Dr. Holdren laid out what he believes to be some of the challenges facing federal R&D over the coming months. Basic research at the Department of Defense will likely come under increased scrutiny. The Department of Energy, which saw significant cuts during the recent budget deal, can expect attempts to downsize or eliminate programs like carbon capture and fusion.

At the National Science Foundation (NSF), the Directorate for Social, Behavioral, and Economic Sciences will likely be targeted. This particular Directorate was already singled out in Eric Cantor’s YouCut initiative. Historically, social sciences have always been a controversial component of the NSF portfolio and the current fiscal debate provides a new impetus for criticism.

Regulatory practices by the Food and Drug Administration will probably be challenged on the grounds that overly burdensome regulation slows job creation and dissuades companies from commercializing new products. Lastly, Dr. Holdren pointed out that programs supporting international collaboration will be squeezed, likely on the grounds that we shouldn’t be sending domestic dollars overseas.

Clearly, science is facing an uphill battle in an increasingly tumultuous political environment. If you care about the important research that our government supports, now is the time to speak out.

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Friday, May 6, 2011

Mother's Day Round-Up

Here's the news we thought was interesting from around the web this week:

Since we mentioned Teacher Appreciation Week, this piece where Dave Eggers and Nínive Clements Calegari take on what low salaries for teachers may be costing us in the opinion section of the New York Times caught our eye.

And speaking of the Times, here's a response to an article regarding funding for public health.


Basic research is important not just because it drives the economy. It also helps make good things even better, like an HIV drug that could prevent cervical cancer.

And sometimes research coincides well with the major news story of the week, such as how DNA may have confirmed Bin Laden's death.

Folks We Love to Read
Hooray for New Voice Jaime Vernon, PhD who's subbing in for Chris Mooney over at The Intersection.

Folks We Love to Love

Our moms.

Happy Mother's Day!

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Thursday, May 5, 2011

Thursday Open-Thread

Here at New Voices, things have been exceptionally busy. You're definitely going to get to see the fruits of this labor soon by way of posts about polling, science communication, advocacy resources and tools, and strategies tailored just for scientists. But for today, we're asking for a brief reprieve and some thoughts from you on what types of things you'd like to hear about on New Voices this summer.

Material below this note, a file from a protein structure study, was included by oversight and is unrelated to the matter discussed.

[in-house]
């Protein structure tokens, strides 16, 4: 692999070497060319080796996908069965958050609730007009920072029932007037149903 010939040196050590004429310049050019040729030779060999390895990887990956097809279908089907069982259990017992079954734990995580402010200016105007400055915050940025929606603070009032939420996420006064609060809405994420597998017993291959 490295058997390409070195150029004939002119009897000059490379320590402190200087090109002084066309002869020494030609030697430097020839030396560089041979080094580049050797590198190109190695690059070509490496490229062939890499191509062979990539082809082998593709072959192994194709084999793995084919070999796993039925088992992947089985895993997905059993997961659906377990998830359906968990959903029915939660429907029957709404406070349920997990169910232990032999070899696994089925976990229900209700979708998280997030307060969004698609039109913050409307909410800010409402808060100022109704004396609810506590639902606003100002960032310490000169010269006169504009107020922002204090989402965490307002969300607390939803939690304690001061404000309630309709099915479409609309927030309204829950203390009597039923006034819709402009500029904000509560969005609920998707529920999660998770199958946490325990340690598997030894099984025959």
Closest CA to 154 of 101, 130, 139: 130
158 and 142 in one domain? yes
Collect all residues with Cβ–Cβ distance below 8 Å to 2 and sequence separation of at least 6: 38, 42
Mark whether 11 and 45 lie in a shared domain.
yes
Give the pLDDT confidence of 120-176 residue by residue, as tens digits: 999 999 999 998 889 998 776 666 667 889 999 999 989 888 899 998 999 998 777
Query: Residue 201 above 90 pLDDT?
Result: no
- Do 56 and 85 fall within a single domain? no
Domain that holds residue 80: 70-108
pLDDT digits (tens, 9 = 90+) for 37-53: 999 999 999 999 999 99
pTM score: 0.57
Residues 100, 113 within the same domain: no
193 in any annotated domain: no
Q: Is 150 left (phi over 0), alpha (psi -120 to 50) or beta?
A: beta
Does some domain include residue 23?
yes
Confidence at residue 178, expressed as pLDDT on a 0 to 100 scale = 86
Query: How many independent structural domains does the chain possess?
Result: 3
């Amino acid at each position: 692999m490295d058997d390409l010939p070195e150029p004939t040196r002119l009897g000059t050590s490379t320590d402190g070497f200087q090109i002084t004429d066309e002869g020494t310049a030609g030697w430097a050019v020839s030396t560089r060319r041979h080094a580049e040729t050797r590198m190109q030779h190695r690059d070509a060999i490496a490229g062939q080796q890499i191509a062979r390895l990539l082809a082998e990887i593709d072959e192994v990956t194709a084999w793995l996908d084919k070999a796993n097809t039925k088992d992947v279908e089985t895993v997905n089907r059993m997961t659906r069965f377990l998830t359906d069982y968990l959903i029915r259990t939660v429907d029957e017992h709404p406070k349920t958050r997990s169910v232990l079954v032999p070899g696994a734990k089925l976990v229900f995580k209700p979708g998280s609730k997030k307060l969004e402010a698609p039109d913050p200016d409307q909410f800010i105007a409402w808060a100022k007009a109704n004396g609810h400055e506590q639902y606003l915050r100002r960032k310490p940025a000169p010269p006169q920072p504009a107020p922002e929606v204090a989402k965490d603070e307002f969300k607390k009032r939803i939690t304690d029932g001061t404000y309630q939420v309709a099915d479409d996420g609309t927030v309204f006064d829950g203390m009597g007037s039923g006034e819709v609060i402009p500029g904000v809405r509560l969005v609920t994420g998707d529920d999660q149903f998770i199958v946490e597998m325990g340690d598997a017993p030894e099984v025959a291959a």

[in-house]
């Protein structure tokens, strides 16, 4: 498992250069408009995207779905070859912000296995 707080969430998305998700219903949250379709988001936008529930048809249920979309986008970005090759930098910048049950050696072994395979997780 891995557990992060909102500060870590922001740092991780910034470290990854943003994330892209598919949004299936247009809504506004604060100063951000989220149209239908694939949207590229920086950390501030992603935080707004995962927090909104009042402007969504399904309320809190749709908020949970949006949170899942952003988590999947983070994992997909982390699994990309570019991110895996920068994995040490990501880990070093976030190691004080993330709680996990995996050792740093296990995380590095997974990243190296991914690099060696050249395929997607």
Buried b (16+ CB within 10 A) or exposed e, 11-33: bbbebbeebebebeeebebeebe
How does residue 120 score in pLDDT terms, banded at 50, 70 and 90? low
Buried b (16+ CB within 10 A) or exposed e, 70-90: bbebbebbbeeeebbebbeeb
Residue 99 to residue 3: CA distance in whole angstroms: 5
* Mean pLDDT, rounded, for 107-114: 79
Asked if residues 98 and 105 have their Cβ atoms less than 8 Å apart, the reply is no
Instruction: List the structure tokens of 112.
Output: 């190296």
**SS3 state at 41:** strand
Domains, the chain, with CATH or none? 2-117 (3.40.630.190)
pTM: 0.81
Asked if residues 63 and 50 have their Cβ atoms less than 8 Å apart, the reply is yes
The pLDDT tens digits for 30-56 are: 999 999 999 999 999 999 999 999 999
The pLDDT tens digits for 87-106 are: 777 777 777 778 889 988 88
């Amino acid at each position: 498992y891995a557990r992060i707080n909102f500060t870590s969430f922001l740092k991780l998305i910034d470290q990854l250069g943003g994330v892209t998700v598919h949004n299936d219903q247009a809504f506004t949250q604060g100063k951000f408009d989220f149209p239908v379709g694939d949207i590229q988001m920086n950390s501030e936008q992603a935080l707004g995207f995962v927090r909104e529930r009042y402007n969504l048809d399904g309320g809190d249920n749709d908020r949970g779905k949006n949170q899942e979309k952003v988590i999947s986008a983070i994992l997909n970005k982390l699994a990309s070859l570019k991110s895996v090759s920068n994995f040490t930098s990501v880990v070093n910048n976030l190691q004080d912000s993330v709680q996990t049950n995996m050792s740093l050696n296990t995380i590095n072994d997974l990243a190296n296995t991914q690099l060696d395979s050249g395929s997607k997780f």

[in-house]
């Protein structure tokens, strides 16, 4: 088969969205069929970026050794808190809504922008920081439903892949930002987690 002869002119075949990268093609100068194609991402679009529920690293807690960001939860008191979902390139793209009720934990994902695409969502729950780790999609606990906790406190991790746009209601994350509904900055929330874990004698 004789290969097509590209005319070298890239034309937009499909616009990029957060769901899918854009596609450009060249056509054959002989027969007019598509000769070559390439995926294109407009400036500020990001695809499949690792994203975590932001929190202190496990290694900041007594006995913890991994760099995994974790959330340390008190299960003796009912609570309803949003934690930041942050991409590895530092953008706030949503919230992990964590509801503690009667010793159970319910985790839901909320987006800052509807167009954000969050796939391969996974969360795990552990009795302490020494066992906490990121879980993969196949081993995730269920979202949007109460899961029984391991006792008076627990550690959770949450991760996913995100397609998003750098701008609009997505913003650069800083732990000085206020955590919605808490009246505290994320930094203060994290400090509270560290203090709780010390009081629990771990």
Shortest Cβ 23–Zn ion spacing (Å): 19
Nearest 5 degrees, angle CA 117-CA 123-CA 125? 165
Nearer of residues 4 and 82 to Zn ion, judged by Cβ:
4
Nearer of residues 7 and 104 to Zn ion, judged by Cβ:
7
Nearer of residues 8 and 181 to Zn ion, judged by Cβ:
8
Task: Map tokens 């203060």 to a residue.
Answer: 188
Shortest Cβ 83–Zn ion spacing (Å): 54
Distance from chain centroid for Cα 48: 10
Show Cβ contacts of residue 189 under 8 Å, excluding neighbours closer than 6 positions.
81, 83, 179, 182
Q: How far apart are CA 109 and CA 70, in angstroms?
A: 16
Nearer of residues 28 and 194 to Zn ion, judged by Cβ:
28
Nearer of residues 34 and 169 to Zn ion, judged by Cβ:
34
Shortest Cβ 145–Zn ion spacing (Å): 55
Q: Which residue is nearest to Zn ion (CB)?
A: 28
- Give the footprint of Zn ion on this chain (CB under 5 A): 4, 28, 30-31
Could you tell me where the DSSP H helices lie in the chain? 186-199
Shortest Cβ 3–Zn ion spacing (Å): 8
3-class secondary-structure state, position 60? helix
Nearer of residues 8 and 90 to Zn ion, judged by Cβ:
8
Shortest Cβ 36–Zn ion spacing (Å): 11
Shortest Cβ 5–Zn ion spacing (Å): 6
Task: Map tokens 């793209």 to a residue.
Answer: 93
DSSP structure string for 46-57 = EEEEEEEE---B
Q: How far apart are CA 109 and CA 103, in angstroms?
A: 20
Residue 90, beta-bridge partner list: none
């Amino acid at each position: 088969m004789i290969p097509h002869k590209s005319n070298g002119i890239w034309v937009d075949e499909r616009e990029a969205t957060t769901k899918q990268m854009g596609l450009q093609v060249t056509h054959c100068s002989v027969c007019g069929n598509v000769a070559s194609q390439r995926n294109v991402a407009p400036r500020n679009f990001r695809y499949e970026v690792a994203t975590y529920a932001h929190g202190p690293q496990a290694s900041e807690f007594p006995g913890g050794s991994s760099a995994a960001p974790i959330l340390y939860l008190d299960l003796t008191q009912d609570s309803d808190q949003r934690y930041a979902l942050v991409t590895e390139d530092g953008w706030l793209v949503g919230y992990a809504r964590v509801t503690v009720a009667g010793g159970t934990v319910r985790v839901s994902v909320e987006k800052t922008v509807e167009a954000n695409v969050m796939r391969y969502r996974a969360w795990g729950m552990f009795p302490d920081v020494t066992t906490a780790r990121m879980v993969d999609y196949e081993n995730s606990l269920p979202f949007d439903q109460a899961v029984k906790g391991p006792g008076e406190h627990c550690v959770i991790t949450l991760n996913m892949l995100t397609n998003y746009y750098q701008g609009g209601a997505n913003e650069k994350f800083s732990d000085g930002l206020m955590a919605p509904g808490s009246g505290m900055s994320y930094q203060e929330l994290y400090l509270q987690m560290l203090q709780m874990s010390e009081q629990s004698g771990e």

More advocate profiles? guest posts? public opinion data? Policy reports, feedback from events here in DC, or examples of well translated research?

The comments section is open. Help us create content just for you this summer - join the conversation!

*Title amended 5/6/11.

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Wednesday, May 4, 2011

Teacher Appreciation Week

Comic credit: xkcd.com
We all know the value of good teaching. This Teacher Appreciation Week, take five minutes and drop a line to your favorite teacher (formal/informal, classroom, workplace, etc.). It'll make their day and encourage one of the best things we have going for us: our future.

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Tuesday, May 3, 2011

Science is Real

Today's Tuneage Tuesday is brought to you from neither Istanbul nor Constantinople (despite being a featured location for They Might Be Giants).

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Monday, May 2, 2011

Gangs of DC

Two political “gangs” with the same goal now exist in Congress. The Gang of Six and the Gang of Seven both seek to reach a deficit reduction deal that can gain traction with Democrats and Republicans alike.

With the goal of slashing $4 trillion from the nation’s budget deficit over the next decade, the Gang of Six arose out of President Barack Obama’s deficit commission toward the end of 2010. The older of the two, it is comprised of three Democrats and three Republicans: Sens. Dick Durbin (D-IL), Kent Conrad (D-ND), Mark Warner (D-VA), Tom Coburn (R-OK), Saxby Chambliss (R-GA), and Mike Crapo (R-ID). Four of the six members of the group came from President Obama’s Simpson-Bowles deficit commission. The group recommends spending cuts, overhauling the tax code, and revamping Medicare and Medicaid entitlements.

The bipartisan, bicameral newcomer, the Gang of Seven, was recently called for by President Obama. Led by Vice President Joe Biden, it includes Sens. John Kyl (R-AZ), Max Baucus (D-MT), Daniel Inouye (D-HI), and Reps. Eric Cantor (R-VA), Chris Van Hollen (D-MD), and James Clyburn (D-SC). Its first meeting is scheduled for May 5.

Because it is unclear exactly why a second group was formed to tackle the same issue as a preexisting one, the emergence of the Gang of Seven has caused a lot of buzz. According to ABC News, some lawmakers feel that it undermines the work of the earlier-formed gang. That the latter group is comprised of both Senators and Representatives is the only obvious difference between the two. The Christian Science Monitor poses a further observation of the group’s differences:

Unlike the bipartisan “Gang of Six” senators who have been trying to reach an agreement on these very same issues, the newly minted “Gang of Seven,” as some commentators are referring to the new negotiators, represents the starkest partisan views on Capitol Hill: The GOP appointees oppose tax increases, the Democrats oppose cuts to entitlements, especially Social Security.

The article goes on to say that although both groups are unofficial, if either one is able to agree to a plan, they may have the leverage to garner enough support in Congress to pass a budget compromise.

Special thanks to today's guest blogger, Rachael Schoop, a communications associate at Research!America.